Busy Family Finance


Mutual Funds: What They Are and How They Work
By Susanna M. Zysk

Mutual funds are a popular investment choice for many investors. There are currently over 93 million Americans investing in over 10,000 mutual funds.* Although the first mutual funds were established in 1924, their popularity has grown most significantly in the last 20 years, since the introduction of Individual Retirement Accounts (IRAs) and 401(k) plans. Before you invest in mutual funds, it is important to fully understand what they are and how they work.

* Source: 2002 Mutual Fund Fact Book: A guide to trends and statistics in the mutual fund industry, 42nd Edition, Investment Company Institute.

What is a Mutual Fund?

A mutual fund is a professionally managed pool of money invested in a variety of individual securities, such as stocks and/or bonds. In addition, mutual funds may hold cash or cash equivalents. Investors purchase shares in a fund that represents an ownership in the fund’s holdings. Your money is pooled together with other investors and the fund’s manager invests the money for you.

Benefits of Mutual Funds

There are many kinds of mutual funds, but they all share common benefits.

Professional Management. Investment companies offer mutual funds managed by fund managers who choose investments that match the fund’s objectives. Their investment decisions are based on their extensive knowledge and research of market conditions and the financial performance of individual companies and specific securities. When economic conditions change, the fund manager will adjust the investments’ mix in the fund so that it continues to meet its investment objectives.

Diversification. Mutual funds generally own stocks and bonds from many companies, which offers instant diversification. Investing in a variety of securities helps reduce risk by offsetting losses from some with the gains of others. Your exposure to risk is reduced by investing in a wide range of securities offered through a mutual fund rather than one or two individual stocks.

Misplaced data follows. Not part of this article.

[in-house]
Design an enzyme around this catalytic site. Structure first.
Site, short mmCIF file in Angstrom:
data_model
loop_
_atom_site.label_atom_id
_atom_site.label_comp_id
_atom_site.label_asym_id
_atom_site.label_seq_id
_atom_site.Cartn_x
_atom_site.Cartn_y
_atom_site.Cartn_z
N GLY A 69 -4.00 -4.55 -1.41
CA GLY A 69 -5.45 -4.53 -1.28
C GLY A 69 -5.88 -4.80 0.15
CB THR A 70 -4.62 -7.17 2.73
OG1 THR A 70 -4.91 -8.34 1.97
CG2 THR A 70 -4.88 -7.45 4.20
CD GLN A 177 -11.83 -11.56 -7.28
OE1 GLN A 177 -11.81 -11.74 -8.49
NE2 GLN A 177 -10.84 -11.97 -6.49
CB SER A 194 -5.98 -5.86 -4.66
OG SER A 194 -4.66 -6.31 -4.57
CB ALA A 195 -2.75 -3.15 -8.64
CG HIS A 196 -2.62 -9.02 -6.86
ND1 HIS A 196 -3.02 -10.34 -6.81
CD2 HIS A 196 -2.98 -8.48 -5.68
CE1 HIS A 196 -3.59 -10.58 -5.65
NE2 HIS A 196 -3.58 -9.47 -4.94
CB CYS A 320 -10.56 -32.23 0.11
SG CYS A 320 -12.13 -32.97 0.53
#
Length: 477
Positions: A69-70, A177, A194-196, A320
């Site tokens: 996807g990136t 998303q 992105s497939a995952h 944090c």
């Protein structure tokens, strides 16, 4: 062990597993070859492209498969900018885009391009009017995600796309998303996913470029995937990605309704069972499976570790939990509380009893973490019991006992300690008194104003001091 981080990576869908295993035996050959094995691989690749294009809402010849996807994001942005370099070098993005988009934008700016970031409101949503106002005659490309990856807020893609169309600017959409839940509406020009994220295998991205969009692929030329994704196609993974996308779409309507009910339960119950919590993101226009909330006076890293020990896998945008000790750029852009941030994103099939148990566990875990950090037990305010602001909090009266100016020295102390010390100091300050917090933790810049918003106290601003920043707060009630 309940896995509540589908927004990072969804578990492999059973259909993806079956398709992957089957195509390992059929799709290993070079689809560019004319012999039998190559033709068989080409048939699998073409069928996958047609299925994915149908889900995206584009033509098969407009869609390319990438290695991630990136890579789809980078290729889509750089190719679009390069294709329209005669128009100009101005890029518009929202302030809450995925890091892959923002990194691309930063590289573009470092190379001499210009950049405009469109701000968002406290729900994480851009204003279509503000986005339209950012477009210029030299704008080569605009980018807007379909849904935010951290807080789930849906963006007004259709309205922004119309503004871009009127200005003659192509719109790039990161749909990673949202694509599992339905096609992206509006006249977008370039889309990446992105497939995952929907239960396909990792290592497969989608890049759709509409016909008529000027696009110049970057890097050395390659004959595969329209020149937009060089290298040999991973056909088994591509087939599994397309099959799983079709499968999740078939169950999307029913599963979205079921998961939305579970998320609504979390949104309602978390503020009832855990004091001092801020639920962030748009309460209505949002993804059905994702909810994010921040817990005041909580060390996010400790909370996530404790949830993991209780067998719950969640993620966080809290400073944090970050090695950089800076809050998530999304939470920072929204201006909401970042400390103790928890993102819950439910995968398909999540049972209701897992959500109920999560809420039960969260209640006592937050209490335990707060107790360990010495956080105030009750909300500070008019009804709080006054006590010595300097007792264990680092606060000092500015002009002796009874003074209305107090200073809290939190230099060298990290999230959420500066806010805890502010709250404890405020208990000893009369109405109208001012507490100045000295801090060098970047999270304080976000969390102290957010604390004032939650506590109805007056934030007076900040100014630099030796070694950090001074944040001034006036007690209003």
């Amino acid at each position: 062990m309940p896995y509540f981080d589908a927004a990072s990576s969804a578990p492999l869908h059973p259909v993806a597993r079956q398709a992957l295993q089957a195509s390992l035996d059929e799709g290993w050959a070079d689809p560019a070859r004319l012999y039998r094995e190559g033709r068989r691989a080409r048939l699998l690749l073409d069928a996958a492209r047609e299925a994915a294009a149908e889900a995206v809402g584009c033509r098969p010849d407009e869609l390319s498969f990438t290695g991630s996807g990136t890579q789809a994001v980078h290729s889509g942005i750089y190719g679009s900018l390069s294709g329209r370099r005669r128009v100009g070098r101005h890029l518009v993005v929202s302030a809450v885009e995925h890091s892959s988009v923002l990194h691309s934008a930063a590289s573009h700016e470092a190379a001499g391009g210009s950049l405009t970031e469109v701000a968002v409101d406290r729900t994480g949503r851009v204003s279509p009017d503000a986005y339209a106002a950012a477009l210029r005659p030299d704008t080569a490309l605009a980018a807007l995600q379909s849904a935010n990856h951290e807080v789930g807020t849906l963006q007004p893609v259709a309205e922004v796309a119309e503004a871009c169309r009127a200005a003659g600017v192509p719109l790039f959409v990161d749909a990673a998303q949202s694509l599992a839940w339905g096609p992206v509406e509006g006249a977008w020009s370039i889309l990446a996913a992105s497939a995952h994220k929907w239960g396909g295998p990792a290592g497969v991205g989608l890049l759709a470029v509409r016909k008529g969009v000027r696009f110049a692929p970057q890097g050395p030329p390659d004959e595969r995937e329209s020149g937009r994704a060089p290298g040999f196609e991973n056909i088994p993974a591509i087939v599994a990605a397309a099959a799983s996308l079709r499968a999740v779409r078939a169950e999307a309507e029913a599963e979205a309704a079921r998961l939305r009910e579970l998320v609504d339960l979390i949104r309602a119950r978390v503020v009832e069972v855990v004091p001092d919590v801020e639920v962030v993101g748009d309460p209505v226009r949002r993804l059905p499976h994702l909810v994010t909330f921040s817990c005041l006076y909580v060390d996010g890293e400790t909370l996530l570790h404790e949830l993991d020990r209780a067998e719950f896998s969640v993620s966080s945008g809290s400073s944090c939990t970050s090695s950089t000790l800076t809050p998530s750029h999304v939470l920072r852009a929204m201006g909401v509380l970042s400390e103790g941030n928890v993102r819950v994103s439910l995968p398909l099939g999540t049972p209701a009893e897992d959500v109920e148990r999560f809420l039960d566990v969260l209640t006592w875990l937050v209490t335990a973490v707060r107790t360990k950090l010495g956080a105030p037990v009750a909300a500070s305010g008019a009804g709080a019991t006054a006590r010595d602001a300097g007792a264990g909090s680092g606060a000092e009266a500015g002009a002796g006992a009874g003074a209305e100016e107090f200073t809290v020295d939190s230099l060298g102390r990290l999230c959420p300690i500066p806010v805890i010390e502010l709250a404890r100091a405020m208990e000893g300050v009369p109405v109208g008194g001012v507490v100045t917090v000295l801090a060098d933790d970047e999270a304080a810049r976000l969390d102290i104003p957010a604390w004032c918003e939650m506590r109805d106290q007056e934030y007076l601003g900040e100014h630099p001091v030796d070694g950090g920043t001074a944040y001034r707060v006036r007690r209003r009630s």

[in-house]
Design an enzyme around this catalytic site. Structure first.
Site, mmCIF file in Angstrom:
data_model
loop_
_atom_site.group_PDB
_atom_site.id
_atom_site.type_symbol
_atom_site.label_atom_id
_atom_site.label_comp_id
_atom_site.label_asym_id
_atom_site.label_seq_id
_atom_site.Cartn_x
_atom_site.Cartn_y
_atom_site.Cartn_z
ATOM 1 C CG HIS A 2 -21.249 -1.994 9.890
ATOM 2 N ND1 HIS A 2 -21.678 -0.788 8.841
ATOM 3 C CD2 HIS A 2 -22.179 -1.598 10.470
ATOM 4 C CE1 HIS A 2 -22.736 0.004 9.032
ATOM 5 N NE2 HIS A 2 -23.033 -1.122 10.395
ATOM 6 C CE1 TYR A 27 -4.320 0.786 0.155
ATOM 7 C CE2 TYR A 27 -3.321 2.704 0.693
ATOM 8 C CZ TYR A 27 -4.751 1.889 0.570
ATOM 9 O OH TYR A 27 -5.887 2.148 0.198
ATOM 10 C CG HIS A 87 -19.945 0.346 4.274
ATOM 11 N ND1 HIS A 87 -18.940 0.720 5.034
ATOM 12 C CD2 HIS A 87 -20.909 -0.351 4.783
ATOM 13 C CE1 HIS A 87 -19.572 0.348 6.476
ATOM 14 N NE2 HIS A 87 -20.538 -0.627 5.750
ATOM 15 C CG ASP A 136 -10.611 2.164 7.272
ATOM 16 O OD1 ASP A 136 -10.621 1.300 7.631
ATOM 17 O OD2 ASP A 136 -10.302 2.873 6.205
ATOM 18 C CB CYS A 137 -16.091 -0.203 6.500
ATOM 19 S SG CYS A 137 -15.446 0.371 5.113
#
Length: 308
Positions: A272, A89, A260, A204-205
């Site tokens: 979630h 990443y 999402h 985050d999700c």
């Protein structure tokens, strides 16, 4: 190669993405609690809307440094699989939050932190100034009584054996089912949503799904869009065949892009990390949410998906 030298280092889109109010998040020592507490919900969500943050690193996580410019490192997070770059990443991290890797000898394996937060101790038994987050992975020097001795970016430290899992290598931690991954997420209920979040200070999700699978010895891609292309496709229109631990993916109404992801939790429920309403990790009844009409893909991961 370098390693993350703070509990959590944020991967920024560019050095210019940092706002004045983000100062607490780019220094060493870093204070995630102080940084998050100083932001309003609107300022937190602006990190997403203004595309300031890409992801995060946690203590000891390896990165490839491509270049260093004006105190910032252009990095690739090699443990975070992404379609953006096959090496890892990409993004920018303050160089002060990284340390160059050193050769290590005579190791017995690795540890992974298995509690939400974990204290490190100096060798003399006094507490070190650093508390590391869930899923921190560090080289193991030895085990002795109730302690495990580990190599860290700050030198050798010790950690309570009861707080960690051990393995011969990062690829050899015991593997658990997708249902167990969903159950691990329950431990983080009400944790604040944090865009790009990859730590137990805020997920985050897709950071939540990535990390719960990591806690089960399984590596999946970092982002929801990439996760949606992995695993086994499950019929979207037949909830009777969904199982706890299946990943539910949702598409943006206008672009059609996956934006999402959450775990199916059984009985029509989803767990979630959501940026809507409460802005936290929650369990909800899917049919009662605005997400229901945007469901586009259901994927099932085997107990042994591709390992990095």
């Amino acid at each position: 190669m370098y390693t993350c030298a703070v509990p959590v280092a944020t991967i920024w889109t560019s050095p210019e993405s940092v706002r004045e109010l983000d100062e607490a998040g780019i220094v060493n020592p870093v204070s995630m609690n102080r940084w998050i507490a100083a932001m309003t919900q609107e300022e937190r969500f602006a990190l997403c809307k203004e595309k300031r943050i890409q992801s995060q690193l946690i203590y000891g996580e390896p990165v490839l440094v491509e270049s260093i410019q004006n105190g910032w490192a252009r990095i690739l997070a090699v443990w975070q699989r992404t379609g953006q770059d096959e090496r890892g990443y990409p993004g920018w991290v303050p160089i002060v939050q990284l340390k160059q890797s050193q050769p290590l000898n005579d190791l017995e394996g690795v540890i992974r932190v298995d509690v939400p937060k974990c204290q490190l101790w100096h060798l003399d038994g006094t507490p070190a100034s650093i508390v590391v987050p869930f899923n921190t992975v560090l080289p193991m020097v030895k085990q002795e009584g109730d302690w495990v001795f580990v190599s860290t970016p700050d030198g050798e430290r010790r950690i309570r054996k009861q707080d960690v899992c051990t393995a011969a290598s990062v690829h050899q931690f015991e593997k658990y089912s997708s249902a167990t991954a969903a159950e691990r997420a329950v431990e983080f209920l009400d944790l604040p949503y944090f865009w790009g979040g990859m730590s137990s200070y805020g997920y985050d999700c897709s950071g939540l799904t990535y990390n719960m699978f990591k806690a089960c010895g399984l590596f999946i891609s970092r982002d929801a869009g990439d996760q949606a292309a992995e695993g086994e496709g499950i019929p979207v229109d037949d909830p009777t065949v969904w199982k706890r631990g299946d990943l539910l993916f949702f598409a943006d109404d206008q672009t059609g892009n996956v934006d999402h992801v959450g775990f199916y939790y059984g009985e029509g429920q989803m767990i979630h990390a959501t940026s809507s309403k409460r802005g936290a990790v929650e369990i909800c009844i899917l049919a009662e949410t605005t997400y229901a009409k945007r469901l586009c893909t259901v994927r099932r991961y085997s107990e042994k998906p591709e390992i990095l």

Convenience and Accessibility. Mutual funds are relatively easy to buy. Individual investors have access to many stocks and bonds that previously may not have been available, or required prohibitive minimum-dollar investments.

Variety. There are thousands of mutual funds representing a wide variety of investment objectives – ranging from conservative to aggressive – available to you. The fund types cover many investment strategies and risk levels, so you should be able to find a fund that meets your personal financial goals and risk tolerance.

Strict Regulation. Mutual funds are highly regulated by the federal government through the Securities and Exchange Commission (SEC). The regulations require funds to meet certain operating standards, observe strict antifraud rules, and disclose complete information to current and potential investors. Disclosure about a particular fund can be found in the fund’s prospectus. The prospectus provides such information as investment objective and methods, how to buy and sell shares, risk assumed, and fees and expenses.

Types of Mutual Funds

There are three basic types of mutual funds: money market, bonds and stock (also called equity).